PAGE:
which limit it will trigger a re-fill.

Maybe we could fake the operation and achieve something
which works with much less effort:

1. User selects "Create Outline Path" tool
2. User can now pick path segments. A path segment is the
part of the path between two intersections and/or an
end-point of the path
3. Selecting a path segment again deselects it
4. When the user has selected all path segments he wants, he
finishes the operation.
5. Inkscape will now create a new path made up from all the
path segments.

If there are gaps, Inkscape will either create a group of
independent paths or it will fill the gaps in the order in
which the user selected the segments.

Lastly, the user can choose to close the path (if it isn't
already) and fill it.

For most shapes, creating a fill should only take a few
mouse-clicks with this kind of tool.

Originator: NO

Current SVN has a paint bucket tool that uses the tracing-bitmap approach.
Note: using this approach was a free choice of the author of the tool. He
was aware of both approaches and chose this one. He's an artist drawing
comics so this approach was better for him.

Of course nothing prevents someone from implementing the geometric mode in
the same tool. So I'm not closing this RFE but renaming it. Here's the
possible algorithm for geometric paintbucket:

* when the user clicked on canvas, make a list of all objects on the
current layer

* exclude from the list those object(s) that are under click point

* compute bbox of all the objects in the list

* union the copies of all objects (converting to paths if necessary)

* create a rect the size of the bbox

* subtract the union from the rect

* inset the result by the tolerance parameter (no inset if tolerance=0)

* break apart

* examine all the objects that resulted from breaking apart and remove
those that are not under click point; this leaves a single path

* outset the result by the tolerance parameter (no outset if tolerance=0)

* add the result to the document.

Ryan Lerch (ryanlerch) on 2007-12-07
Changed in inkscape:
importance: Undecided → Wishlist
status: New → In Progress
su_v (suv-lp) wrote :

Changing bug status back to 'Triaged' (comment #19) because there has been no further activity since the status had been changed to 'In Progress' three years ago.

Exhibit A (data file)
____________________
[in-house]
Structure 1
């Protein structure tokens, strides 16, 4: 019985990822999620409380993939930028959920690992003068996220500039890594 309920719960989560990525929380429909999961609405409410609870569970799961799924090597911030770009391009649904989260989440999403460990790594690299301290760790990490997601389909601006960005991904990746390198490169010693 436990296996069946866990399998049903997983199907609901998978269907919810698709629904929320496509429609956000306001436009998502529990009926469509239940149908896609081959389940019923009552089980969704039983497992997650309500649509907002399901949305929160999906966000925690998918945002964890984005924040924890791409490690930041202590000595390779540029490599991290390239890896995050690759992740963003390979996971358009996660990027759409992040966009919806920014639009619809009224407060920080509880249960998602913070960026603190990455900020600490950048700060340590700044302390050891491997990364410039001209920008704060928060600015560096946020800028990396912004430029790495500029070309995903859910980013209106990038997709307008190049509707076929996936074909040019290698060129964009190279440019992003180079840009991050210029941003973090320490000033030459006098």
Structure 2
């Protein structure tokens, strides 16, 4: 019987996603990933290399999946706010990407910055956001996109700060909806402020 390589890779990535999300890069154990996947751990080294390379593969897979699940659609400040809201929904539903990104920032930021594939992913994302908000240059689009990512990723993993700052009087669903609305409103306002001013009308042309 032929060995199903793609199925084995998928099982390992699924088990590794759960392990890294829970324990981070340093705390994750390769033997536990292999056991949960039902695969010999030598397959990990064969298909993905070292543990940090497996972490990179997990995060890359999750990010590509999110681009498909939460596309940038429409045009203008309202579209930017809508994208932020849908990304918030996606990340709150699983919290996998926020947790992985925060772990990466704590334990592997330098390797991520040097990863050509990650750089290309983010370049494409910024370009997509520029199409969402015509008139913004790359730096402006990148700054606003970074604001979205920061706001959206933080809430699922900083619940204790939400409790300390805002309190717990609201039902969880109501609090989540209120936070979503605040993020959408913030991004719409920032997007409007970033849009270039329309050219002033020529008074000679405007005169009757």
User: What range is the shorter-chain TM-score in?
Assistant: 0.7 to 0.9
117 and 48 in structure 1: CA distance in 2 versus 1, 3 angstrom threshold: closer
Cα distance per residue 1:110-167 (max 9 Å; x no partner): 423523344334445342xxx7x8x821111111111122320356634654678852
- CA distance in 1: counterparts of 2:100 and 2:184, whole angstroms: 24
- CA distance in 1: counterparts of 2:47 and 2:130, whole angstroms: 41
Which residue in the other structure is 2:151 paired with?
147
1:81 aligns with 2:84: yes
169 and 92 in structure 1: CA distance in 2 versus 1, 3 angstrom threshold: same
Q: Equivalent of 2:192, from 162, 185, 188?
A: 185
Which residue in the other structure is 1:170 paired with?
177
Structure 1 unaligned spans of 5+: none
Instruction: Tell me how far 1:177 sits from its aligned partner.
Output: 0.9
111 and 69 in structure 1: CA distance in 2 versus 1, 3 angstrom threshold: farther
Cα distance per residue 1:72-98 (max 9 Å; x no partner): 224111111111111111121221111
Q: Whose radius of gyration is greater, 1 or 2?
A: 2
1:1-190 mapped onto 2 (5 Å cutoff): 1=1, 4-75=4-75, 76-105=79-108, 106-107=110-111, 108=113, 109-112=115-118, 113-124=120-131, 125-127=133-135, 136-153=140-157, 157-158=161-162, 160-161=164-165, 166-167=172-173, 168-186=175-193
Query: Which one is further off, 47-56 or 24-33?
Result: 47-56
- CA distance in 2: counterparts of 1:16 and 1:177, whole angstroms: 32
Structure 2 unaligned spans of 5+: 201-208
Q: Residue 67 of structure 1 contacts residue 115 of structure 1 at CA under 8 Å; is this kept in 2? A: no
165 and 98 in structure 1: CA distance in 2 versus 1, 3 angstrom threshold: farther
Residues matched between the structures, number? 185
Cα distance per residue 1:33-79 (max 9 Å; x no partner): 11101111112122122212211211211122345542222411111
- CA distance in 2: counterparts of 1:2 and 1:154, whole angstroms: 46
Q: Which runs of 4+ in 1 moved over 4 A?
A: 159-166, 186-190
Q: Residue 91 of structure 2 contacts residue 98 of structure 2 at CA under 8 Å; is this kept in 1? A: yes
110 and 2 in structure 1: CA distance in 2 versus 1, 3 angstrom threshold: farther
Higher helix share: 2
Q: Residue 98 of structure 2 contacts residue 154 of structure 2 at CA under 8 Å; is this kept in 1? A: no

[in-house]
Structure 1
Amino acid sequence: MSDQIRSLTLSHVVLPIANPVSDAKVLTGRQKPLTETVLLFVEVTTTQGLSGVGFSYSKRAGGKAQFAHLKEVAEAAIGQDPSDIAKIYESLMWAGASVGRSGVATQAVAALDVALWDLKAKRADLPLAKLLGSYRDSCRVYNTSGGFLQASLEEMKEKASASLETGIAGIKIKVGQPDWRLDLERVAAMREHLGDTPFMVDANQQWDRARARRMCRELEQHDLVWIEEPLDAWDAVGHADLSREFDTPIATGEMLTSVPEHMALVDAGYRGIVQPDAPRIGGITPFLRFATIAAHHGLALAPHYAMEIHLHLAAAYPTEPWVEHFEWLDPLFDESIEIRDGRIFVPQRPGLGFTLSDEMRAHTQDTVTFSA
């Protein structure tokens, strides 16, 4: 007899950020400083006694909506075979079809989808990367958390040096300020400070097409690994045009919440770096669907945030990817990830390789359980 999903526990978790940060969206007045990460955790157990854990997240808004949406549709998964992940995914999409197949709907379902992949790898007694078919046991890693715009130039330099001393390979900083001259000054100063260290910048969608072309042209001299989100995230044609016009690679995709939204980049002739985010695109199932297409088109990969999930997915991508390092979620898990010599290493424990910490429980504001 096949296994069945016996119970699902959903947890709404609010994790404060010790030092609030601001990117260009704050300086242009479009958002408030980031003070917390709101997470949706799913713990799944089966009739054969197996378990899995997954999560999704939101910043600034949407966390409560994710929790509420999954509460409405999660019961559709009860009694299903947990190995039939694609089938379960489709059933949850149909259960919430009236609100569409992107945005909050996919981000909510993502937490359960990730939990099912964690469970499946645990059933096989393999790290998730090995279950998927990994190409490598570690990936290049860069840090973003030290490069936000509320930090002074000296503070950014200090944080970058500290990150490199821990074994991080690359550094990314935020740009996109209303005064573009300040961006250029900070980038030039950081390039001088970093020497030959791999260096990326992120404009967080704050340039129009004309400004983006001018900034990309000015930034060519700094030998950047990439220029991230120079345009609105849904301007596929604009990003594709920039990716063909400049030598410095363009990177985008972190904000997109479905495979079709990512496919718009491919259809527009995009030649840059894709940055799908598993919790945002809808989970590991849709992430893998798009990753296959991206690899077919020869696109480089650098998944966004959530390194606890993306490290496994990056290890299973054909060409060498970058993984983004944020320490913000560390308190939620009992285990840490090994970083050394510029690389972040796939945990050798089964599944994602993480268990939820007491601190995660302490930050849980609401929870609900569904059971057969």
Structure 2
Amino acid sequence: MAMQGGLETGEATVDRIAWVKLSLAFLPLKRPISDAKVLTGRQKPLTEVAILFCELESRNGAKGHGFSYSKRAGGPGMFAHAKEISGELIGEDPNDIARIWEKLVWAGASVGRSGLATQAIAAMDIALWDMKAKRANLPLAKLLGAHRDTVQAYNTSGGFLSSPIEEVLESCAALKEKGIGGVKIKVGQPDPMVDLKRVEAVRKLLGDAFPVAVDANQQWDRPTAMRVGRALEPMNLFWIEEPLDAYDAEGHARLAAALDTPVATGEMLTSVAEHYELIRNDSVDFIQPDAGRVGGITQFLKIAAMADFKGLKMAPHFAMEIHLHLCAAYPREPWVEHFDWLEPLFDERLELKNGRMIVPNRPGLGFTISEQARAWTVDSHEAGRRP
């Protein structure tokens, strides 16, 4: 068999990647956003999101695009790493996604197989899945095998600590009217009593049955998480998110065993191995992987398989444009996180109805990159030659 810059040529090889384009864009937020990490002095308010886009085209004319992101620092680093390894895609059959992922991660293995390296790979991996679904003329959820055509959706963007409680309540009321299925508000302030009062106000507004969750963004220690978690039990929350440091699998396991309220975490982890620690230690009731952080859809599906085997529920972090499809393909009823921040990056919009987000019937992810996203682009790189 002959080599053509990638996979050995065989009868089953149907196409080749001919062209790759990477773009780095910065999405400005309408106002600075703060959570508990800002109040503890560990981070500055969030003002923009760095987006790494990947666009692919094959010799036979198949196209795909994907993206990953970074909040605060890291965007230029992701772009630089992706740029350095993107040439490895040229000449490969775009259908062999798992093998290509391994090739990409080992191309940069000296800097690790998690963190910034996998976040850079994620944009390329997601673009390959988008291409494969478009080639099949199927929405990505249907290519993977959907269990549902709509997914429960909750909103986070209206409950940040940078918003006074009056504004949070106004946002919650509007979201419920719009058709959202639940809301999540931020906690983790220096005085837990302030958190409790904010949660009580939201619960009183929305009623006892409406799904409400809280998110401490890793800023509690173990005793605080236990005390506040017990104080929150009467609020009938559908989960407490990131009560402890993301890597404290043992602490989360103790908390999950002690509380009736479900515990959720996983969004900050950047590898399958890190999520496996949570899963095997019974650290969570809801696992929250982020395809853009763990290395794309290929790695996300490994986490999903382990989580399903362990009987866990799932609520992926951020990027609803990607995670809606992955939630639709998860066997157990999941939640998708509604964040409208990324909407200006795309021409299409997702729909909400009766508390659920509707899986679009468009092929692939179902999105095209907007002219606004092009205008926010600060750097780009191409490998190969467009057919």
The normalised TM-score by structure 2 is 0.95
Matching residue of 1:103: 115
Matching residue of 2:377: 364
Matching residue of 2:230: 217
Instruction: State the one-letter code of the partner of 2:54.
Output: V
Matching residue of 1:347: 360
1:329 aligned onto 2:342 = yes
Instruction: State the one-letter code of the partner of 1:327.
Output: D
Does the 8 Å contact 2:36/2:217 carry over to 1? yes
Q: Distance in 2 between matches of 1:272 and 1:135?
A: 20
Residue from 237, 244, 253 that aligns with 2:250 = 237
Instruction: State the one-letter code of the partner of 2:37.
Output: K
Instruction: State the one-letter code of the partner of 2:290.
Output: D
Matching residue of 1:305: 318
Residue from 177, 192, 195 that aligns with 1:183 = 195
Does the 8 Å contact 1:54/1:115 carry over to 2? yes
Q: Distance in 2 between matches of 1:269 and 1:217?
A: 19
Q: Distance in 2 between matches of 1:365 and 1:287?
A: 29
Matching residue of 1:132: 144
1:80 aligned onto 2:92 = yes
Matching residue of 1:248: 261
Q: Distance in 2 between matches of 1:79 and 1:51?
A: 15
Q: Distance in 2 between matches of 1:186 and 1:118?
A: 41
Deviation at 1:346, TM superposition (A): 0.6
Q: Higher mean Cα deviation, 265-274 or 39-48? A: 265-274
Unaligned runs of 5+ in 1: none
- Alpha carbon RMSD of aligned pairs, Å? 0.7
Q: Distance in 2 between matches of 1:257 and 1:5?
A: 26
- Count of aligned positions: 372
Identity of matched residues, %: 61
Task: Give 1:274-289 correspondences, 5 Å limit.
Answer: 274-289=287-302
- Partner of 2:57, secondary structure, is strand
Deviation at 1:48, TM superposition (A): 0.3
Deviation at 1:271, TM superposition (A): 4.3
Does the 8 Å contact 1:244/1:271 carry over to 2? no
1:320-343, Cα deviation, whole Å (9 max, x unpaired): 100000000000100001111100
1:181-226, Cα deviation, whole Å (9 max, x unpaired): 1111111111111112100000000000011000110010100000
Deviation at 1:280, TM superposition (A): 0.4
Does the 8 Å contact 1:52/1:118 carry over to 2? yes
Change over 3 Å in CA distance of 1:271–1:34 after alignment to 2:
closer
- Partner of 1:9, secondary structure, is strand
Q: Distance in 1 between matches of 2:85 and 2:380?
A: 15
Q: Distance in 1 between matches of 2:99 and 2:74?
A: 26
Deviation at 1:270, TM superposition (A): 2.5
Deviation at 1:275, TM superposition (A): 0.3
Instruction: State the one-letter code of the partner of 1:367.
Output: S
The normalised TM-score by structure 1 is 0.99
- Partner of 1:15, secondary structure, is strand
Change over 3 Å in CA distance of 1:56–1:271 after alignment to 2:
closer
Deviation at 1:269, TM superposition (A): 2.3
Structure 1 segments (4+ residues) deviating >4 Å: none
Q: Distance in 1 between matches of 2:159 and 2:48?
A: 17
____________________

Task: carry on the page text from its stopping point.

Changed in inkscape:
status: In Progress → Triaged
Andrei Nacu (andreinacu1) wrote :

Is there any chance of seeing a geometric-fill bounded area tool in the coming future?

I am using Inkscape to draw maps and I find this tool a top necessity. The current tool is not suitable at all for topologically accurate drawings!

I came up with a workaround to get a bucket tool like the one described in the title of this bug report:
https://www.youtube.com/watch?v=XeFgXKzCOlQ

It's not perfect but it does the job.
is this what you are talking about in this bug report. I got confused when somebody wrote something about resterization. My reply to that is NO. Please, no. Raster logic is the reason the current bucket tool leaves too much clean up work.

not that I hope to see any progress on a wish reported 9 years ago :P

John P (johnpharrell) wrote :

For what it's worth, I would like to see this being implemented. It's the only reason keeping me from switching to Inkscape completely. From a professional point of view, a vector that has gaps in the fill is just hideous when it comes to print finishes.

John P (johnpharrell) wrote :

Guess people may as well use Microsoft Paint. It's just as accurate as far as bitmap paint bucket fill goes...

Bert Van de Poel (bhack) wrote :

I think this bug is very weird. If I for example have a large double edged path with a "hole" in the middle and I want to fill it with the fill tool, that there is no way to have it actually fill the hole. This makes little sense, since a filler vector could be easily deduced. I'm quite confused why this bug is stale.